St Andrew's Day schools' resource
The Scots Language Coordinator at Education Scotland and Education Specialist at Scots Language Centre have compiled the following list of suggestions for meaningful learning about Scotland during November.
There is a range of fun, exciting activities here, all of which will deepen and enhance learners’ knowledge of Scotland.
1) Research St Andrew
- Have a look at Visit Scotland’s page (written in English) about St Andrew and the Scottish flag;
- read about the different variations in Scots Language Centre’s feature, ‘St Andrew - what’s in a name?’ which you can read in English or Scots (by selecting, ‘View site in Scots’); or
- watch the ‘St Andrew - Scotland's Patron Saint’ video here.
Learners can create their own webpage, blog or leaflet about St Andrew and the saltire, using Scots.
2) Research your local area
Using this resource from Education Scotland, take an interdisciplinary approach by looking at Scotland's place names.
- Children and young people could find out what their school’s Scots or Gaelic name means in English, or explore the place-names of their surrounding area.
- A fun task to do with learners is to get them to create a map of their local area, using the Scots names for landmarks.
- Learners in the Senior Phase could be challenged further by completing one of the activities from the Association of Scottish Literatures’ resource, ‘The Place Names of Scotland’.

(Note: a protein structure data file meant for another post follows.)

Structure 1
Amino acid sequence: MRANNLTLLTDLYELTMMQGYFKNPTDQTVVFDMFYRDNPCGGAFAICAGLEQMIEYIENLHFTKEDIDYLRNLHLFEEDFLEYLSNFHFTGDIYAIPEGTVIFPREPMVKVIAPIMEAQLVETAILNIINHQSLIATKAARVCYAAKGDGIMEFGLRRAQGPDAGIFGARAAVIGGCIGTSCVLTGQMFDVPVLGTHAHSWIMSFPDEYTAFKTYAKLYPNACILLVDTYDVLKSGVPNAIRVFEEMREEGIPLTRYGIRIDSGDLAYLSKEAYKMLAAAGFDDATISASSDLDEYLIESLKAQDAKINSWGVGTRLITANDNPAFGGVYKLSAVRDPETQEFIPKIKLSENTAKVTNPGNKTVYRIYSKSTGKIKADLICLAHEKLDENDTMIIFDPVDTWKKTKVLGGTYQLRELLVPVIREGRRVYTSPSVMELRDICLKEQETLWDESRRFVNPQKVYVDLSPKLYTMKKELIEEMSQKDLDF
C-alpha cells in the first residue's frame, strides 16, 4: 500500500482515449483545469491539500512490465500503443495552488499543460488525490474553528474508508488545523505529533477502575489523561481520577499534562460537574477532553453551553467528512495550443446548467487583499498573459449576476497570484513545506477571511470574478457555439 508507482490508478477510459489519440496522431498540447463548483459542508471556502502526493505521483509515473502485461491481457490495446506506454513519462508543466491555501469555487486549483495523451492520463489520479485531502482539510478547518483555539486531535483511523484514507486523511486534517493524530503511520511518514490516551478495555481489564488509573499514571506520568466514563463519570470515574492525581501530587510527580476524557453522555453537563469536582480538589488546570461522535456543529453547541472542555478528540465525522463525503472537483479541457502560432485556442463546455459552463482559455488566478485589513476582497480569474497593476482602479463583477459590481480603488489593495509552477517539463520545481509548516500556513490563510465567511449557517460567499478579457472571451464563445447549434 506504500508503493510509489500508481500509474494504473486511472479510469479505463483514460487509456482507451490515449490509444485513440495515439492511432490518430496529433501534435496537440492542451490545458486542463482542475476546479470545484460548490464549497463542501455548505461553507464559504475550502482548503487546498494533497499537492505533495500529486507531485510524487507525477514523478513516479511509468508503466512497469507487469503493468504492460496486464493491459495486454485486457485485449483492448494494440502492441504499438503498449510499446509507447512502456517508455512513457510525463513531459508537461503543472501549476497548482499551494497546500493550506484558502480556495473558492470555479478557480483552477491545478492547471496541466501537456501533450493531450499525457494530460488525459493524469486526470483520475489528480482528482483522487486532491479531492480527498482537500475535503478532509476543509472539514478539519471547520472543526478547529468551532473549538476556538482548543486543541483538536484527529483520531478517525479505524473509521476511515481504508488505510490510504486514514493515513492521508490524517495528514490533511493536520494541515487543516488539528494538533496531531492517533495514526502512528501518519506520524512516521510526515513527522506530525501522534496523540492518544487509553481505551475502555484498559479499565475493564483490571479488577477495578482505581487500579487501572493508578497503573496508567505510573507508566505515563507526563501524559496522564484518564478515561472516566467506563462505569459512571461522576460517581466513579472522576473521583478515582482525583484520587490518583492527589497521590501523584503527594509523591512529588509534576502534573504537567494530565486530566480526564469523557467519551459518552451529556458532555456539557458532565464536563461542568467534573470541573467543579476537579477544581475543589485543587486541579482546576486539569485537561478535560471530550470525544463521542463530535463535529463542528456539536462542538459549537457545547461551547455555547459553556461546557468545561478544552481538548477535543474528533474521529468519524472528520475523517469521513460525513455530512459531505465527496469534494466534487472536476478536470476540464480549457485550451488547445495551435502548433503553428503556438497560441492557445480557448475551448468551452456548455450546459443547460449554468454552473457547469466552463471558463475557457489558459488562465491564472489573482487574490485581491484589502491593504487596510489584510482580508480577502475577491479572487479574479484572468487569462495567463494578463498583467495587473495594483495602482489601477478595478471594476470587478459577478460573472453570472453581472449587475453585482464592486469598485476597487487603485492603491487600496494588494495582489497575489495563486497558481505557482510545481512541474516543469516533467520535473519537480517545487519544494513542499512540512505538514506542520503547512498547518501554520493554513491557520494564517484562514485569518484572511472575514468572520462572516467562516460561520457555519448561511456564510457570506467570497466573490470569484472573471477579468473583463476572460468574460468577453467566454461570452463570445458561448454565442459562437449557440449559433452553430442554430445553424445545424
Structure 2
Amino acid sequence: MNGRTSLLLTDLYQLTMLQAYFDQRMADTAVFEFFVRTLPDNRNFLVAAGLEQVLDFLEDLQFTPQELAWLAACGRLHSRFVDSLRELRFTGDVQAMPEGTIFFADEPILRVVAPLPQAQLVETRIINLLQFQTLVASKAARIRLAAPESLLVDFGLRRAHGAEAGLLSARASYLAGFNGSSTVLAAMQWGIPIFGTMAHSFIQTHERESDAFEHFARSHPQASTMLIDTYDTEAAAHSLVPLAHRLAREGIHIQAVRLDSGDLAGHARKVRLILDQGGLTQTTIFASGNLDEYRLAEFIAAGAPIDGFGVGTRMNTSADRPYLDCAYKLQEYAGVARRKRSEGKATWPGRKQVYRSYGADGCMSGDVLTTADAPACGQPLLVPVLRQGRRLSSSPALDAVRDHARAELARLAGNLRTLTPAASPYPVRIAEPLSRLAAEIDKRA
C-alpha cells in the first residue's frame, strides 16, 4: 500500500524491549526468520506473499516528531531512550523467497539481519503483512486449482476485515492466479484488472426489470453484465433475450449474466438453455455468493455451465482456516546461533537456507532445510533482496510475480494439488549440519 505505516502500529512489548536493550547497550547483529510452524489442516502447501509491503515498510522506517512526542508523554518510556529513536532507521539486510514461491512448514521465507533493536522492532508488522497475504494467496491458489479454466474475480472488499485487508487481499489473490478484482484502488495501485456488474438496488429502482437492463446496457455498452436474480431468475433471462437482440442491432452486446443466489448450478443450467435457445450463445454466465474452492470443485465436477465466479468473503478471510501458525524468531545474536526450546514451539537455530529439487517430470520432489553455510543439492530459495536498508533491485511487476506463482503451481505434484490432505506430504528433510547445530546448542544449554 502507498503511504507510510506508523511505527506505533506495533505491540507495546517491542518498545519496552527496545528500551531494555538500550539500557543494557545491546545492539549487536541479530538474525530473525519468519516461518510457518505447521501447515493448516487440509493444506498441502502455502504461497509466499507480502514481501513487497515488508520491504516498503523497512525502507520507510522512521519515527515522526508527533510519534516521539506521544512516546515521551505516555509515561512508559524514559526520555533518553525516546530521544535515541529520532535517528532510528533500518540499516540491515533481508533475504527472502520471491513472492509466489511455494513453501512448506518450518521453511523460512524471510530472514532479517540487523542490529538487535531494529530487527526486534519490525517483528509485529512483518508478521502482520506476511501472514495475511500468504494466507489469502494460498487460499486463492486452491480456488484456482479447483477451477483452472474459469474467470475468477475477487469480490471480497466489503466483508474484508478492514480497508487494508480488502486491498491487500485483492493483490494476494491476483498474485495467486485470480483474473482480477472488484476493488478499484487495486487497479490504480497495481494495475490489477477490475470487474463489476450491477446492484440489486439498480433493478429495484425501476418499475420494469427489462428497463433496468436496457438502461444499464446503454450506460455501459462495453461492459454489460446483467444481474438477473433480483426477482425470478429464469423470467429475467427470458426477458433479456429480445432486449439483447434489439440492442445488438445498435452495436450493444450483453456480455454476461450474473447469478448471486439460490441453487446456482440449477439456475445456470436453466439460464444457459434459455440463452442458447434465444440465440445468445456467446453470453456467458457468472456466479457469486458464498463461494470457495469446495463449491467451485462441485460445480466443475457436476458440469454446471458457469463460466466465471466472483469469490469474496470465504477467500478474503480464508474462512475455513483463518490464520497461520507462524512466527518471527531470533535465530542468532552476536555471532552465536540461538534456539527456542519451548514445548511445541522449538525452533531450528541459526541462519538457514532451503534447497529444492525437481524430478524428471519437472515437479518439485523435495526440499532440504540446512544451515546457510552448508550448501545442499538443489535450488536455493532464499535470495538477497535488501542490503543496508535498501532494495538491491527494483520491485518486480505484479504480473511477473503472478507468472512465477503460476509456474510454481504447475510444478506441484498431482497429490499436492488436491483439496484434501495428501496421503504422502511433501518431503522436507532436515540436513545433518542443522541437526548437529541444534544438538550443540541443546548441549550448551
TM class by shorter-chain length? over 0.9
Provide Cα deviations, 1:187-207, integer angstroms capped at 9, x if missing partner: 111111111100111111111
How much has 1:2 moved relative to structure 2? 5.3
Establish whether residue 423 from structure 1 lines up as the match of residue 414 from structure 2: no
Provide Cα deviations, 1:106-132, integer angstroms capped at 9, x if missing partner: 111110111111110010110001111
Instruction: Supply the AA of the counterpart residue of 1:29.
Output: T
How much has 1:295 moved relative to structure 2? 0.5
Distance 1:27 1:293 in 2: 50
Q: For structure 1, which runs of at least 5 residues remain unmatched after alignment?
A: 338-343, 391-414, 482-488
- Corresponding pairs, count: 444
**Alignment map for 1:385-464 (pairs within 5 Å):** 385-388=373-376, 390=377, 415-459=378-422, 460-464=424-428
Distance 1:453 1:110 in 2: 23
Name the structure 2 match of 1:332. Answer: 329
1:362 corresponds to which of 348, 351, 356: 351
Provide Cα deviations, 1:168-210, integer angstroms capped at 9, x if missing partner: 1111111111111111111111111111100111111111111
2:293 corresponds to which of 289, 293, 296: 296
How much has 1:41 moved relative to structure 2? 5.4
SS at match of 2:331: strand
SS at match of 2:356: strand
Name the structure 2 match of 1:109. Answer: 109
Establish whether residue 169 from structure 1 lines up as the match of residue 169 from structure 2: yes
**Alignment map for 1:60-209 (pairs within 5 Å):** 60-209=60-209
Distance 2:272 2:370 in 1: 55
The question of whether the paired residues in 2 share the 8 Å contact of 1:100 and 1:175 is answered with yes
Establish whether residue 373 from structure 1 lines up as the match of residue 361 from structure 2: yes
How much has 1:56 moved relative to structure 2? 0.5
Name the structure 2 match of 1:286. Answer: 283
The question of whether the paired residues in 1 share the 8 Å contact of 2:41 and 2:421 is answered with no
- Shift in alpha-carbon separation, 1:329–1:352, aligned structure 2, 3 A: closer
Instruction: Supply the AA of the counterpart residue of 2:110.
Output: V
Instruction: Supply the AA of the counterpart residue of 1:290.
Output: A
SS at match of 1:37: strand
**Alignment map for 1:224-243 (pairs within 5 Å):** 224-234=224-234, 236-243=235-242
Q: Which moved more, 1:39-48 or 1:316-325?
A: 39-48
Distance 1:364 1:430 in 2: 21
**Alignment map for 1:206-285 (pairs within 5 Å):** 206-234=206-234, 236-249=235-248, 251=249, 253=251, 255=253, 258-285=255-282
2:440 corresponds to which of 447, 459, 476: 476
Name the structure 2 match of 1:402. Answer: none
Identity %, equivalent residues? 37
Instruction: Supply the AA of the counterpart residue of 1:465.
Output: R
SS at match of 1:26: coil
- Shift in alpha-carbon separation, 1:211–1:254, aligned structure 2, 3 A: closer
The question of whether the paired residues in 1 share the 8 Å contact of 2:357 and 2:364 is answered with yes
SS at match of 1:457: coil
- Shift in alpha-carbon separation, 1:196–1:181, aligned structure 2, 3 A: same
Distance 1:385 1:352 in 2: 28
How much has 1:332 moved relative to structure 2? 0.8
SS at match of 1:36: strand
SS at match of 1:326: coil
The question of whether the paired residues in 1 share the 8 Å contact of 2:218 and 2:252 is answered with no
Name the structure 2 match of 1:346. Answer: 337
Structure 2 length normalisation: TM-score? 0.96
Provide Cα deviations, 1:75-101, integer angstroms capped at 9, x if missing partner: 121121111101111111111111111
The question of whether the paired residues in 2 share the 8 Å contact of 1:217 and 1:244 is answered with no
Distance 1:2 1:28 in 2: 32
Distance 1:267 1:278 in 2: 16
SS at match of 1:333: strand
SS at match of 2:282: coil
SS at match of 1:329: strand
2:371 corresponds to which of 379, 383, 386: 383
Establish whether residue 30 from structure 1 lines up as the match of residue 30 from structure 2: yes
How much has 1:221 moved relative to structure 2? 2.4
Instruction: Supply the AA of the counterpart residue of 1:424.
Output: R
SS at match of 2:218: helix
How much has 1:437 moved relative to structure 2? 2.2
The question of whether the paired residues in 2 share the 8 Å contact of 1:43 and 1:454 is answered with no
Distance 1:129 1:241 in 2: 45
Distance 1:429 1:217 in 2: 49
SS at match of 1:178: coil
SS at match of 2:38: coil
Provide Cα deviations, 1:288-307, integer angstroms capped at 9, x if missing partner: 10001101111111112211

Why not share your local area writings with a partner school through a Keen tae Ken yir Kin partnership?
3) Share a Scots saying
The Scots Language Centre website celebrates diversity in Scotland on St Andrew’s day with their frequently shared image featuring the saying ‘We are aw Jock Tamson’s bairns’ - find it here.
Following initial discussion of the phrase and the image, learners can create an illustrated poster or postcard featuring their own Scots phrase or one that they have heard from a friend or family member, such as ‘Whit’s fir ye will no go by ye’, ‘Up tae high doh’ or ‘Mony a mickle mak a muckle’. Why not set this as a homework task to engage parents in St Andrew’s Day celebrations?
4) Read some poetry from Scotland’s Makar
Delve into the range of poems from Kathleen Jamie, our makar, on the Scottish Poetry Library’s website. The following poems are notable for their use of Scots:
5) Keek through a wee windae
Wee Windaes, a website from National library of Scotland, features digitised older Scots texts. The Lairnin Kist features a range of teaching and learning resources for Primary and Secondary school children, for example:
- A writing activity for Primary children, inspired by the writing of Allan Ramsay
- Group discussion activities for Primary and Secondary children, inspired by the writing of Alexander Wilson
- A storytelling activity aimed at children in the upper Primary stage.
If you are new to Scots – and the history of Scots – why not begin with Education Scotland’s video, the animated history of the Scots Language?